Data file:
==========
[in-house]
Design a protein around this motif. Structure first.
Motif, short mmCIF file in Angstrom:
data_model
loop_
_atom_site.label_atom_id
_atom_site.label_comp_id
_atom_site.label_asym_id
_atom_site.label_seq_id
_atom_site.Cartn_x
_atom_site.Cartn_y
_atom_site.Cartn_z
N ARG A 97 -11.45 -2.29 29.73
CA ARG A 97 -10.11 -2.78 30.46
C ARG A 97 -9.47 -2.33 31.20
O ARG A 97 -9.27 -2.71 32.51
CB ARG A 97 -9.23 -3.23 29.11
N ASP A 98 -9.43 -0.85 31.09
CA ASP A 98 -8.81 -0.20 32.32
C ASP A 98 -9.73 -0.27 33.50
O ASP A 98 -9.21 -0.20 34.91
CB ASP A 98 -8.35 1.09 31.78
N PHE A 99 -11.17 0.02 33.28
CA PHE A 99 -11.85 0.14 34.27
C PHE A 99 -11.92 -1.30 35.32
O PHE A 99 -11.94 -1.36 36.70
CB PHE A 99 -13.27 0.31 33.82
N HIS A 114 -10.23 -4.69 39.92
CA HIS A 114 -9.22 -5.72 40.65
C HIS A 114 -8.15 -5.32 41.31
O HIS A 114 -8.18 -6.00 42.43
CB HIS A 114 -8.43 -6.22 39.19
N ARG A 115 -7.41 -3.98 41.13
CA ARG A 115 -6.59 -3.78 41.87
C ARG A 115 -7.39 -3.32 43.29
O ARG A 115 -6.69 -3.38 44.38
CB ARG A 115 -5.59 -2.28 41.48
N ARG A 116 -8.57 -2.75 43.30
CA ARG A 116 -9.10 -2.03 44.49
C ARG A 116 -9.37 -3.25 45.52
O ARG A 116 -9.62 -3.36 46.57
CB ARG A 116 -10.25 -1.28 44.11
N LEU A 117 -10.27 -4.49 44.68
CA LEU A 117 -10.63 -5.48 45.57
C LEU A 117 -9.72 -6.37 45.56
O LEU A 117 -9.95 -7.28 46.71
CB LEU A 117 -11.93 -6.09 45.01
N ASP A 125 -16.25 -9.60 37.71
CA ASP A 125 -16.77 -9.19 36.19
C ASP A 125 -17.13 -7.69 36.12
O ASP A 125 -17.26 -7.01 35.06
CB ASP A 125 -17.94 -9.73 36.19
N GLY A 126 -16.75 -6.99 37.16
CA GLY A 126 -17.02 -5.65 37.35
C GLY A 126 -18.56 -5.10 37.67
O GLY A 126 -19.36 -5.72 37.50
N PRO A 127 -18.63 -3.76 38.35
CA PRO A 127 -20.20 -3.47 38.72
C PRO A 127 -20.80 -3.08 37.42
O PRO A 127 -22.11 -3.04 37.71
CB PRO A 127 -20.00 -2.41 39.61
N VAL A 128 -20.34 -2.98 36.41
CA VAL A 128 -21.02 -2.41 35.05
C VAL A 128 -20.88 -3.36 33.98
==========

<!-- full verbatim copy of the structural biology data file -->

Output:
[in-house]
Design a protein around this motif. Structure first.
Motif, short mmCIF file in Angstrom:
data_model
loop_
_atom_site.label_atom_id
_atom_site.label_comp_id
_atom_site.label_asym_id
_atom_site.label_seq_id
_atom_site.Cartn_x
_atom_site.Cartn_y
_atom_site.Cartn_z
N ARG A 97 -11.45 -2.29 29.73
CA ARG A 97 -10.11 -2.78 30.46
C ARG A 97 -9.47 -2.33 31.20
O ARG A 97 -9.27 -2.71 32.51
CB ARG A 97 -9.23 -3.23 29.11
N ASP A 98 -9.43 -0.85 31.09
CA ASP A 98 -8.81 -0.20 32.32
C ASP A 98 -9.73 -0.27 33.50
O ASP A 98 -9.21 -0.20 34.91
CB ASP A 98 -8.35 1.09 31.78
N PHE A 99 -11.17 0.02 33.28
CA PHE A 99 -11.85 0.14 34.27
C PHE A 99 -11.92 -1.30 35.32
O PHE A 99 -11.94 -1.36 36.70
CB PHE A 99 -13.27 0.31 33.82
N HIS A 114 -10.23 -4.69 39.92
CA HIS A 114 -9.22 -5.72 40.65
C HIS A 114 -8.15 -5.32 41.31
O HIS A 114 -8.18 -6.00 42.43
CB HIS A 114 -8.43 -6.22 39.19
N ARG A 115 -7.41 -3.98 41.13
CA ARG A 115 -6.59 -3.78 41.87
C ARG A 115 -7.39 -3.32 43.29
O ARG A 115 -6.69 -3.38 44.38
CB ARG A 115 -5.59 -2.28 41.48
N ARG A 116 -8.57 -2.75 43.30
CA ARG A 116 -9.10 -2.03 44.49
C ARG A 116 -9.37 -3.25 45.52
O ARG A 116 -9.62 -3.36 46.57
CB ARG A 116 -10.25 -1.28 44.11
N LEU A 117 -10.27 -4.49 44.68
CA LEU A 117 -10.63 -5.48 45.57
C LEU A 117 -9.72 -6.37 45.56
O LEU A 117 -9.95 -7.28 46.71
CB LEU A 117 -11.93 -6.09 45.01
N ASP A 125 -16.25 -9.60 37.71
CA ASP A 125 -16.77 -9.19 36.19
C ASP A 125 -17.13 -7.69 36.12
O ASP A 125 -17.26 -7.01 35.06
CB ASP A 125 -17.94 -9.73 36.19
N GLY A 126 -16.75 -6.99 37.16
CA GLY A 126 -17.02 -5.65 37.35
C GLY A 126 -18.56 -5.10 37.67
O GLY A 126 -19.36 -5.72 37.50
N PRO A 127 -18.63 -3.76 38.35
CA PRO A 127 -20.20 -3.47 38.72
C PRO A 127 -20.80 -3.08 37.42
O PRO A 127 -22.11 -3.04 37.71
CB PRO A 127 -20.00 -2.41 39.61
N VAL A 128 -20.34 -2.98 36.41
CA VAL A 128 -21.02 -2.41 35.05
C VAL A 128 -20.88 -3.36 33.98